Archive for May, 2011

on Battles, part three

Posted in Uncategorized on May 14, 2011 by darryl zero

I’ve been holding off on this, but I can’t keep it contained any longer.

So what, after all that’s been said and done, do I actually think of Battles’ very long-awaited (four years, but who’s counting?) follow-up to Mirrored?

Well, first and foremost, I want to say that, despite my misgivings about some of the elements that disappeared when Tyondai Braxton left the band, there’s still much to like about their music. We are, after all, talking about three extremely-talented musicians whose body of work before they’d even started the band was significant and notable enough to warrant the title “supergroup.” The same things that each member brought to the table are still there and, in some cases, are even more prevalent; unfortunately, for as much as this works for the band, the points at which it doesn’t work are all the more obvious without a fourth puzzle piece to perhaps obscure them.

Honestly, I’ve gone back-and-forth about how to do this review. My first impulse was to write this as a straight review, much like I always do. I shot that down, of course, because of how different I feel about the band (and, by extension, this album) now as opposed to in the past. I then thought to review the album and completely ignore the aspects of it I absolutely despise, quickly jettisoning the idea because it would be dishonest. In the end, I decided to do what I’m doing now: going through the thing track-by-track, offering commentary as it’s playing in the hope that it helps you (who, for some stupid reason, is reading this) get into my head a bit more.

1) “Africastle”: This song begins the album in the same manner in which the band often began their Mirrored shows: slowly, building the layers as they go along, easing the listener into a melody that will eventually make sense as the song leads up to an eventual release (check that out; don’t worry, I’ll wait for you. Done? Okay, sweet); the inevitable song into which the intro blossoms makes the two minutes of noodling more than worth it. “Africastle” is easily one of the most interesting compositions Battles has ever put together; if I may be so bold, it has the type of sound I originally thought Mirrored would have. Even the song’s understated last minute doesn’t diminish the band’s energy, merely covers the embers to let them smolder.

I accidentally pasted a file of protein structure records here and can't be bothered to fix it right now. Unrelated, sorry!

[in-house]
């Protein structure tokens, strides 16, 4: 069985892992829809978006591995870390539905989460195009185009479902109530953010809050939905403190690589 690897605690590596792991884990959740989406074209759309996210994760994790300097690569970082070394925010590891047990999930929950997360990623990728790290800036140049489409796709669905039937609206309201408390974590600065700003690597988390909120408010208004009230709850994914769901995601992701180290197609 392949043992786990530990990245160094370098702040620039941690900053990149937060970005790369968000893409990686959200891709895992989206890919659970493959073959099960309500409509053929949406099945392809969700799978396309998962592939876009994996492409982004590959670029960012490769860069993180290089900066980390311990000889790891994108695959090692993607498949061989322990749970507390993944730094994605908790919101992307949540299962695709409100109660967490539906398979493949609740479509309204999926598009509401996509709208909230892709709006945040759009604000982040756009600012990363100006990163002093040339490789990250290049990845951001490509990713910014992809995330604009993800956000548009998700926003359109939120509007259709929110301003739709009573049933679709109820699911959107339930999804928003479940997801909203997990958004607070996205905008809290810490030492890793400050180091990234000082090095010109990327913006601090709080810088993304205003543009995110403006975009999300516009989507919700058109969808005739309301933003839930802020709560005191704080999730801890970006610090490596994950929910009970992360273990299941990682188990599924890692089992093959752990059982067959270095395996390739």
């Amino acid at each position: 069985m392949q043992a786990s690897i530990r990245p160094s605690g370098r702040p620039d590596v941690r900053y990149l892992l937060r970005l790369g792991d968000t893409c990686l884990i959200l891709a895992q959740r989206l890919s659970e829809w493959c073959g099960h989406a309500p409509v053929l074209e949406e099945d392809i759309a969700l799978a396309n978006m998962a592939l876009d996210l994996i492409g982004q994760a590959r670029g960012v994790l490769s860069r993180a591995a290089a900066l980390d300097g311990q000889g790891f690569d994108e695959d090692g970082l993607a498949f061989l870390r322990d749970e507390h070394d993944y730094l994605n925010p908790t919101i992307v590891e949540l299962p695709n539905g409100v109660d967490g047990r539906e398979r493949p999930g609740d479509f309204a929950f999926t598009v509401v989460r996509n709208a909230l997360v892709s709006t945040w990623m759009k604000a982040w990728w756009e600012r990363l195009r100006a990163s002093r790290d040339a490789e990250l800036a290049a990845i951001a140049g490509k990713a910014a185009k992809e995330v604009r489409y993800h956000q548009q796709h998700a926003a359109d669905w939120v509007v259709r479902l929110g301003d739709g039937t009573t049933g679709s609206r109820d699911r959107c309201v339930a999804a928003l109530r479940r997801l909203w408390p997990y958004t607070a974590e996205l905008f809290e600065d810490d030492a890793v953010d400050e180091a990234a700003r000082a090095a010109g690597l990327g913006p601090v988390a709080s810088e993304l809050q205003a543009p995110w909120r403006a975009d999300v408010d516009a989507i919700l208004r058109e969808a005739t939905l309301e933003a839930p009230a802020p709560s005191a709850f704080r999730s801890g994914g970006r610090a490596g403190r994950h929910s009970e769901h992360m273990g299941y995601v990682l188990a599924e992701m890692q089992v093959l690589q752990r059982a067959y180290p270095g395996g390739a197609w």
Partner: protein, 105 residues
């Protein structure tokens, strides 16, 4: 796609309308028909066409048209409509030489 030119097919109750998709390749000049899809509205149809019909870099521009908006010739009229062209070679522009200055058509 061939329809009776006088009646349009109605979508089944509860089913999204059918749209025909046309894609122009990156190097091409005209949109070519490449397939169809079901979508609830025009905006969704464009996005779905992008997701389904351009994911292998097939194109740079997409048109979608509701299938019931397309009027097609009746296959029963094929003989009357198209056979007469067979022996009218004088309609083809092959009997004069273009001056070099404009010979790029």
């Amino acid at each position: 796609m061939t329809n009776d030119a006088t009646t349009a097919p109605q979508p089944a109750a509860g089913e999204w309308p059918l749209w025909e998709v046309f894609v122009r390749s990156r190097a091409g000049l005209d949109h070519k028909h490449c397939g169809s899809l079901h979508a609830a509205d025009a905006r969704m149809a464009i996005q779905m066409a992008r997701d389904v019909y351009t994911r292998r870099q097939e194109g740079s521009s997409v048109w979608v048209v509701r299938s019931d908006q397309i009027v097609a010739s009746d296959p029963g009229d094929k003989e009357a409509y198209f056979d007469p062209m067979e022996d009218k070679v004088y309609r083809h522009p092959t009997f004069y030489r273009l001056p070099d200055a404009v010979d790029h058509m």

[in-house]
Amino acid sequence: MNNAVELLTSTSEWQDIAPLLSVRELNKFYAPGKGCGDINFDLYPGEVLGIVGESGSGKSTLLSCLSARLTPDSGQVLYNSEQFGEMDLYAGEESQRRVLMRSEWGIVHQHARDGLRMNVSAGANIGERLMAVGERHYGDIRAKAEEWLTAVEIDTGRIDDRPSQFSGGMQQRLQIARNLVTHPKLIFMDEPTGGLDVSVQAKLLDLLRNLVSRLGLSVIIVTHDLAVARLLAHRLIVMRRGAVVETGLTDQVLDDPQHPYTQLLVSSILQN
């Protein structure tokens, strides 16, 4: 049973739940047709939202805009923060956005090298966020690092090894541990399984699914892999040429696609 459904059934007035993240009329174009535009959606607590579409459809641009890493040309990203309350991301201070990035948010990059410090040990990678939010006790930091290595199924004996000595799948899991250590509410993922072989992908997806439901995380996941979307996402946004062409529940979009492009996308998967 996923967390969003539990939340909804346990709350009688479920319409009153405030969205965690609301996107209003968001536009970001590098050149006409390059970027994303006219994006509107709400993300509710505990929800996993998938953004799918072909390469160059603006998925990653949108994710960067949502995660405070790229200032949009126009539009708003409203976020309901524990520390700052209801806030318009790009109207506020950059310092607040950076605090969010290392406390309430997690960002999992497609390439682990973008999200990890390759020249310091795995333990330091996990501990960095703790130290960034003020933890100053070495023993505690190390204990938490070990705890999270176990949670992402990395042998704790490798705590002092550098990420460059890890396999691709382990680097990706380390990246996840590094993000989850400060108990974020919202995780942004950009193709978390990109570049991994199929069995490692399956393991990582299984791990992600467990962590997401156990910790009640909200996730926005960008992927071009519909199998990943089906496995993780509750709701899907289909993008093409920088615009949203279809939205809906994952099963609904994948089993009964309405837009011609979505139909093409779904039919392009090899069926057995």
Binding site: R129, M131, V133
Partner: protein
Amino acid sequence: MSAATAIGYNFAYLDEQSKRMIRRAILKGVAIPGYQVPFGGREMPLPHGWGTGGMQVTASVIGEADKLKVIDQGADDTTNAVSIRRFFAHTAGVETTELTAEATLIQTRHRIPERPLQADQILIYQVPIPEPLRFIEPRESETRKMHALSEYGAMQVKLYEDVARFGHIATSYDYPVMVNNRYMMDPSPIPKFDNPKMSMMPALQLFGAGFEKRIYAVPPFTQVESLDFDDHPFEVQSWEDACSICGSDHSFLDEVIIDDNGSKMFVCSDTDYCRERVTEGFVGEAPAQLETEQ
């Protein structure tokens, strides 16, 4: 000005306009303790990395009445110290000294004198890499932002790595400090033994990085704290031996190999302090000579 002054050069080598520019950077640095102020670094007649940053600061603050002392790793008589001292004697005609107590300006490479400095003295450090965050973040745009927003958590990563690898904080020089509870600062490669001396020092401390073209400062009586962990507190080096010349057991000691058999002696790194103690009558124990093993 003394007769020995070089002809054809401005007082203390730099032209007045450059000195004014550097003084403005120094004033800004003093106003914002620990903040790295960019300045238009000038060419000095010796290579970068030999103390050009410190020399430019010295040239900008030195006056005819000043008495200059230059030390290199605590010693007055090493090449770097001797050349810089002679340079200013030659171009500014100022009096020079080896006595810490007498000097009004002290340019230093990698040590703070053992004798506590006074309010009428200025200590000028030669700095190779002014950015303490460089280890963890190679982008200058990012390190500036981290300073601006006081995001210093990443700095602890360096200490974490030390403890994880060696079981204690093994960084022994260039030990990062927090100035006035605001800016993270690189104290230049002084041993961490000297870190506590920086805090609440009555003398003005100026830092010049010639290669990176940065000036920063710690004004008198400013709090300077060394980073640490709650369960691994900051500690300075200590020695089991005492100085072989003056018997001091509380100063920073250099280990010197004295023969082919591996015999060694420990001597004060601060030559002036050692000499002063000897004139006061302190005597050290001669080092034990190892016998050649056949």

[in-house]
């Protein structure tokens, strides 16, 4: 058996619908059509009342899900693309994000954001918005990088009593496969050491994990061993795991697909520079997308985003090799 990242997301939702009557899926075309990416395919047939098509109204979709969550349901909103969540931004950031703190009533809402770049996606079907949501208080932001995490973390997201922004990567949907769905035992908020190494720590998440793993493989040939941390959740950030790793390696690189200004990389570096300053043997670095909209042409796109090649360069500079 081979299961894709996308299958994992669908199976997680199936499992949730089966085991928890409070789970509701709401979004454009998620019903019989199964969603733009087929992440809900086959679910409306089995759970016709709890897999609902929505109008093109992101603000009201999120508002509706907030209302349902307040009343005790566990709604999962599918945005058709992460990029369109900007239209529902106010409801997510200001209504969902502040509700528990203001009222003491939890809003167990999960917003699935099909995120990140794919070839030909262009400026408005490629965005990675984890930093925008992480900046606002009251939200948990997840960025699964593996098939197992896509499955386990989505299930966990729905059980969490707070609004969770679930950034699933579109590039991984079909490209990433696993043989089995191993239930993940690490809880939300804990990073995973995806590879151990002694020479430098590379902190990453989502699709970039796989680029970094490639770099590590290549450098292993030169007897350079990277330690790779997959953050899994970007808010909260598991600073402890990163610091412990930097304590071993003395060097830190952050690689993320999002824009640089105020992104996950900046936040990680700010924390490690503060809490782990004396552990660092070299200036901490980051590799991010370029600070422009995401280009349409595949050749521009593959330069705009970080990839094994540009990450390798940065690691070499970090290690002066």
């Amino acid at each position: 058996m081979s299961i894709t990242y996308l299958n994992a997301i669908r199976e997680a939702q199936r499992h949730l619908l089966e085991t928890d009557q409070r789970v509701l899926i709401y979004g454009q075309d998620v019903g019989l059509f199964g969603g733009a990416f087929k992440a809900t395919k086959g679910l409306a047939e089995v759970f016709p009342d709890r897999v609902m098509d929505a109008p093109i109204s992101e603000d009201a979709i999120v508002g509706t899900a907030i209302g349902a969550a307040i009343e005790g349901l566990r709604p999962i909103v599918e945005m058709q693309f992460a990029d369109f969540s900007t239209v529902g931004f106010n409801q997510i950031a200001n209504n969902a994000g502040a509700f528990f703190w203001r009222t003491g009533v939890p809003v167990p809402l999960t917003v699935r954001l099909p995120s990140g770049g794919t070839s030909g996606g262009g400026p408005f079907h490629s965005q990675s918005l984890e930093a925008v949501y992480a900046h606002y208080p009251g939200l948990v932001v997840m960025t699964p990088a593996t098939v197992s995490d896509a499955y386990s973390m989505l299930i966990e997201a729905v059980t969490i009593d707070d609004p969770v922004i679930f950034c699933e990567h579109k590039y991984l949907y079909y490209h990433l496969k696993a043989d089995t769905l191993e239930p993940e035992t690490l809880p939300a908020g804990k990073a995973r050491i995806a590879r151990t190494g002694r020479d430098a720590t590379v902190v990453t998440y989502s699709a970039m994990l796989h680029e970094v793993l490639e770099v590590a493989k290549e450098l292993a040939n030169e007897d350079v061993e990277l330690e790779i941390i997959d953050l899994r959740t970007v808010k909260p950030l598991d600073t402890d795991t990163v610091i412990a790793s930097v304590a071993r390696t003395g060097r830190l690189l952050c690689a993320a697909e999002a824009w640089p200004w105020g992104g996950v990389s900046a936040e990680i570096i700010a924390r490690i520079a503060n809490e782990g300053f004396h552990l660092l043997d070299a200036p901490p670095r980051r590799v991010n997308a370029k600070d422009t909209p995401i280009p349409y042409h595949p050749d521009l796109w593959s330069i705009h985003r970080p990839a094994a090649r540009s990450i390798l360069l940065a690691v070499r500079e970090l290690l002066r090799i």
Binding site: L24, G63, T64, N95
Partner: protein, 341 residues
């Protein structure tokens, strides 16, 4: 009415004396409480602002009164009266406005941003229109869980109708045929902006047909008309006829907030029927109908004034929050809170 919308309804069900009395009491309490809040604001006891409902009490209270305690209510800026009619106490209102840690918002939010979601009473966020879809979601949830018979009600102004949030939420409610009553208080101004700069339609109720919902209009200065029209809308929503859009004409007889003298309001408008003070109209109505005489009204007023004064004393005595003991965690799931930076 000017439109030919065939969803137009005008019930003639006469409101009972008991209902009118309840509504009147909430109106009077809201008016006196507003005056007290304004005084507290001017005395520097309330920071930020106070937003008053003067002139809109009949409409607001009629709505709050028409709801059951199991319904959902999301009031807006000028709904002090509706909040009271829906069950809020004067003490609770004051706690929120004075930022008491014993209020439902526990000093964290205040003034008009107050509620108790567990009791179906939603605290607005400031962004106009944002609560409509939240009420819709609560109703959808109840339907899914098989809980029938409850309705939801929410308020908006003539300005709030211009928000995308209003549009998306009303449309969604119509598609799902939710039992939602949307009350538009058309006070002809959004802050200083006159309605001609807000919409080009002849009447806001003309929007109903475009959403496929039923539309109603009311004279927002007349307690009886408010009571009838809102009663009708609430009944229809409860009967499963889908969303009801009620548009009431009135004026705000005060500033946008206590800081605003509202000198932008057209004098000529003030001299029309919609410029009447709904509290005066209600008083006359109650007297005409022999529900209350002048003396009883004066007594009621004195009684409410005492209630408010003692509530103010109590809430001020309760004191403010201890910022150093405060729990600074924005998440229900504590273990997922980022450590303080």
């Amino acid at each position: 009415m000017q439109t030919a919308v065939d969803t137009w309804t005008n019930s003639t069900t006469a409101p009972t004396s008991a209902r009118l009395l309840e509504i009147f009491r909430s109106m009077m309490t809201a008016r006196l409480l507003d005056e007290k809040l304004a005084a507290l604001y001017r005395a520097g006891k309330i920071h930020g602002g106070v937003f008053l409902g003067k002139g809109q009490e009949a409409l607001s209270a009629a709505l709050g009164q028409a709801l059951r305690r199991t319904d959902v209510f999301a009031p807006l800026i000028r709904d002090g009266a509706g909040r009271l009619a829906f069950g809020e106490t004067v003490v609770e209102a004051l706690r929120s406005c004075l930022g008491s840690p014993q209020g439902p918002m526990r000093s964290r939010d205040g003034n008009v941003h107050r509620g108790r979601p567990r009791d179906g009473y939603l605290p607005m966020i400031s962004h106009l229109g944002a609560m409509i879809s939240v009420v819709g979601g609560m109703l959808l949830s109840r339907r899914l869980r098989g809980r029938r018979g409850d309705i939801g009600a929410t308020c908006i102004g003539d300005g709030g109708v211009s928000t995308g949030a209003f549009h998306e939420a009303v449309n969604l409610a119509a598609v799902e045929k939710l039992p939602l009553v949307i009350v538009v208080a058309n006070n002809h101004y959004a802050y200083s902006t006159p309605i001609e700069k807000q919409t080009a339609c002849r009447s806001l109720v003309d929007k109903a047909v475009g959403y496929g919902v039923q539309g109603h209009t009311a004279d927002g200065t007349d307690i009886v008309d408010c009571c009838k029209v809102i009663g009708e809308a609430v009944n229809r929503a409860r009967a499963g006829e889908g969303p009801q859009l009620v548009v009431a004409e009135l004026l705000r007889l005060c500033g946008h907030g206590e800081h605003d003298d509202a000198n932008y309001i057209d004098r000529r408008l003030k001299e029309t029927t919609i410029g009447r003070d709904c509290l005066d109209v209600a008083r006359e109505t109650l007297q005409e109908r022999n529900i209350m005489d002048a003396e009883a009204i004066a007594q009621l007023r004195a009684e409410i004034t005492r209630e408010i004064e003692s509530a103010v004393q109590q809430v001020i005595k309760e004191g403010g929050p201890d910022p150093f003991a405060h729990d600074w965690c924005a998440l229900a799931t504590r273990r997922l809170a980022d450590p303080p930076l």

2) “Ice Cream”: No, no, no, no, no, no, no, no, no, no, no, no. Everything about this song screams two things: first, IAN WILLIAMS, whose unmistakable guitar minimalism (simple riff, repeated, looped, then regurgitated in a distinctly different form) begins the song, and whose goofiness permeates the entire thing.  Second, COLLASSAL MISSTEP. I even cheated and skipped ahead a track before coming back to it; even within the context of “Africastle” and “Futura,” it makes absolutely no sense. Unless there’s a reason to put a goofy, light-hearted song between two slightly more pensive, lower-key songs. This isn’t even touching Matias Aguayo’s vocals, which sound so out-of-place they’re jarring. It basically sounds like a dance music producer singing silly lyrics (“like a melting ice cream” among them–you can’t fool me, motherfucker–hablo español, y incluyendo el título del canción en las letras del canción es obra del letrista débil) over an otherwise-droll Battles instrumental. I can’t stress this enough–especially after “Africastle” (if not, oh, the band’s first three fucking releases), it’s more than obvious that Battles is quite capable of functioning just fine as an instrumental group. Part of what made Braxton’s input as vocalist feel so natural is that, even when he was singing lyrical vocals, they were more part of the soundscape than something that needed to be up front; in essence, he was a frontman more by default than by design, so sticking a person in front of the band to be a frontperson just emphasizes the difference now that Braxton’s gone. I can’t listen to this piece of shit song all the way through; skipped…

3) “Futura”: Well, this feels like another Ian Williams composition in that it’s got the same kind of “simple riff captured-and-twisted” backbone. This time, it’s in a minor key, and there’s no annoying vocalist spitting inanities at me. The song has an interesting build, and the keyboard sounds are pretty cool, but at this point Williams seems to have regressed back to his childhood days spent in Malawi and is clearly letting that inform his songwriting–which could be cool, but not when left completely ungoverned in what is ostensibly a highly-structured rock album.